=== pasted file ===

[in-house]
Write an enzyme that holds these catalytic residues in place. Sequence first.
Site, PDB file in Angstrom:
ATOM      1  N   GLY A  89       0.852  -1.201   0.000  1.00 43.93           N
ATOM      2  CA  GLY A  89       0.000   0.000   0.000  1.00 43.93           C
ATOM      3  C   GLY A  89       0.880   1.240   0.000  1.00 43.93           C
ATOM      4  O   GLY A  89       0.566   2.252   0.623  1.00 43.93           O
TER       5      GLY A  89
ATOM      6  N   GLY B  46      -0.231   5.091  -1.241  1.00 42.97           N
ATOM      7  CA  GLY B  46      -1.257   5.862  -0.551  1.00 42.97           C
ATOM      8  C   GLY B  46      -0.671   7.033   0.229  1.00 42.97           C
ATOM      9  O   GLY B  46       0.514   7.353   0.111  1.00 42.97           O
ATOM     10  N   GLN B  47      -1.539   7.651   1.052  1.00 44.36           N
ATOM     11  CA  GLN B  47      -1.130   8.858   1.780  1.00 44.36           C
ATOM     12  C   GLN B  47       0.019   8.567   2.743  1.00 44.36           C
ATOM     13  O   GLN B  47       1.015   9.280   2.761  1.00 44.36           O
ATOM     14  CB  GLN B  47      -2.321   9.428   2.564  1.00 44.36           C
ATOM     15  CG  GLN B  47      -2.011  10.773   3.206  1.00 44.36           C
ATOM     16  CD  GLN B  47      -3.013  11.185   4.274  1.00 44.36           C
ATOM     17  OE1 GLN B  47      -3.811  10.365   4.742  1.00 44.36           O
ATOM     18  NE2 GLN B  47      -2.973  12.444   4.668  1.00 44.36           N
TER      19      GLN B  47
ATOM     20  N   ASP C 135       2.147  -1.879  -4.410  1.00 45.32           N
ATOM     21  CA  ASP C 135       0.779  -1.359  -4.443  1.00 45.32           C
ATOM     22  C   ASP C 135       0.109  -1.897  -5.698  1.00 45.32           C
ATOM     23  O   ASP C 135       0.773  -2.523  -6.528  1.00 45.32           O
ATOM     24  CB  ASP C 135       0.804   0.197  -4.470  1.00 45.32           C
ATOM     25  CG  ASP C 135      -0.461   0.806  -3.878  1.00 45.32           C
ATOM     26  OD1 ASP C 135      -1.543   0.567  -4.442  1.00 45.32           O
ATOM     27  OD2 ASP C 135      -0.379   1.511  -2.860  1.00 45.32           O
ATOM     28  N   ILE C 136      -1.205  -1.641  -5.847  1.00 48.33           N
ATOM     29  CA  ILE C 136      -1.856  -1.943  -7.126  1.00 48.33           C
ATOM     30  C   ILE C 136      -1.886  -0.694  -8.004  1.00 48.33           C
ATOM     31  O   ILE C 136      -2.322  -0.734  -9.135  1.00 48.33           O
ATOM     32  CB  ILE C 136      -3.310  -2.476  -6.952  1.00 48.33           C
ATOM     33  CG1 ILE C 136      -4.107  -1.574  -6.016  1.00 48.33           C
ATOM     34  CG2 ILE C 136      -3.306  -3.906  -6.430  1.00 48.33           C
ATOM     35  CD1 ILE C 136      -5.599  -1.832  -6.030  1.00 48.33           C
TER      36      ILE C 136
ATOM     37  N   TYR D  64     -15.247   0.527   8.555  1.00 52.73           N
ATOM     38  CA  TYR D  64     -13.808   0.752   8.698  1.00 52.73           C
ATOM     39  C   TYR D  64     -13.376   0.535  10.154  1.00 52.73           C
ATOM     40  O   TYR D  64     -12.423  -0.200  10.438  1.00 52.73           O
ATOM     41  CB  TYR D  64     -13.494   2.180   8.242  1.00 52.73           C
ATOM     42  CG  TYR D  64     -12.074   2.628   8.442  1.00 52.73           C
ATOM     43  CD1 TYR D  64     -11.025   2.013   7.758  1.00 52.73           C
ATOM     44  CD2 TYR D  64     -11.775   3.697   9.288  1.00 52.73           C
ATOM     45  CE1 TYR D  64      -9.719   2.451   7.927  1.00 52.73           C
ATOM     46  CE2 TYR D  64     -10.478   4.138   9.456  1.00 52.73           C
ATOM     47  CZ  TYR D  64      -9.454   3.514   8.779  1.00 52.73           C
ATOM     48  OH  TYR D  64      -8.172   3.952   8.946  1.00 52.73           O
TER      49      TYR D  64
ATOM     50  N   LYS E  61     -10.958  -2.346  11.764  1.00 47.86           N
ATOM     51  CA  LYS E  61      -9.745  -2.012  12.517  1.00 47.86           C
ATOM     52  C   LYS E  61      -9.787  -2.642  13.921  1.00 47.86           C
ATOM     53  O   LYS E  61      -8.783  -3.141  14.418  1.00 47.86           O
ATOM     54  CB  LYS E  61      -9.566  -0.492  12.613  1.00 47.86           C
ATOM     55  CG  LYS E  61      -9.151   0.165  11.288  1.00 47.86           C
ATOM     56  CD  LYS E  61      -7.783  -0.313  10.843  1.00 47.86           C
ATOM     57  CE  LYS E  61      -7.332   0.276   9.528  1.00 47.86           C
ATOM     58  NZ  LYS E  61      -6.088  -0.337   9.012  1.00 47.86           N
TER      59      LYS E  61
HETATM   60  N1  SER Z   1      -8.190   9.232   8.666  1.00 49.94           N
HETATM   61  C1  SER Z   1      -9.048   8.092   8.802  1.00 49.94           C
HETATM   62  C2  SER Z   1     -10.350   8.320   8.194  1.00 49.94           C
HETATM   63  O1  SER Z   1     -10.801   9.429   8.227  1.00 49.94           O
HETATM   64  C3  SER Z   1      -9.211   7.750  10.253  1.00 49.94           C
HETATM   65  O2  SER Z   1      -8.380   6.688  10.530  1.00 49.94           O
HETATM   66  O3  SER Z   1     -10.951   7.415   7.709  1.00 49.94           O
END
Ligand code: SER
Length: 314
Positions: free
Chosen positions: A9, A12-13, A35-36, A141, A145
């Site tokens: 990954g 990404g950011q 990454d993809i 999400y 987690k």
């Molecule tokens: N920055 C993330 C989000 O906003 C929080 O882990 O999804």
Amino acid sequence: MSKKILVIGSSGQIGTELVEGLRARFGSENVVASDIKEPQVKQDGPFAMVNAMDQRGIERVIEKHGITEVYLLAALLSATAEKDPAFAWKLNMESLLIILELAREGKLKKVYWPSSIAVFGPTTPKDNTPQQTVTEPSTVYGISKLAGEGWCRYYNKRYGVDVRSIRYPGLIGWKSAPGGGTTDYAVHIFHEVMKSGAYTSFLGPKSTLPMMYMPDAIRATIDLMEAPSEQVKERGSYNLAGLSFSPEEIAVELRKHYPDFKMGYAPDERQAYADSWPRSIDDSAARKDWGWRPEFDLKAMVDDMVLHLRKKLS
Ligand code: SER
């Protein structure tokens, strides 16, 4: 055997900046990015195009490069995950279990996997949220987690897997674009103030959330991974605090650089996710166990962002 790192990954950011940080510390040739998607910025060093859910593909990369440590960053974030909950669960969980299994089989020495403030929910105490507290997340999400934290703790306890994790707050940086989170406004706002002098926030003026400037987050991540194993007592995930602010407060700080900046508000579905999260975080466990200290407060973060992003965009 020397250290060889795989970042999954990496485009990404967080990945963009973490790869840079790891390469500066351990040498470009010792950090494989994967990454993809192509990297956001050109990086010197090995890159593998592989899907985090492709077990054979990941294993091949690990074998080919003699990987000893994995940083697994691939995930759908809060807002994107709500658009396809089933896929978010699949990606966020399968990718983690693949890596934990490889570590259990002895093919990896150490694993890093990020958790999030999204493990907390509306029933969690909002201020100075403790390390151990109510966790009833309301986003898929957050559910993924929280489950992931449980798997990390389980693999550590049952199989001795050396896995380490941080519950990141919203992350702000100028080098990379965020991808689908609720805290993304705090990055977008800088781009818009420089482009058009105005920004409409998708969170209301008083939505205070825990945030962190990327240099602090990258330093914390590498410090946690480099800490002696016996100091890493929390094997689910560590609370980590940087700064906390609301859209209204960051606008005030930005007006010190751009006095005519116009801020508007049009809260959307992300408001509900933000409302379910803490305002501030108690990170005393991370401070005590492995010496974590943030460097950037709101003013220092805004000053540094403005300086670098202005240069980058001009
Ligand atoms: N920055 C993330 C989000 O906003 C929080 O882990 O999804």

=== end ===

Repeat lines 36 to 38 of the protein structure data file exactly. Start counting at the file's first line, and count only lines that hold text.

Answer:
ATOM     33  CG1 ILE C 136      -4.107  -1.574  -6.016  1.00 48.33           C
ATOM     34  CG2 ILE C 136      -3.306  -3.906  -6.430  1.00 48.33           C
ATOM     35  CD1 ILE C 136      -5.599  -1.832  -6.030  1.00 48.33           C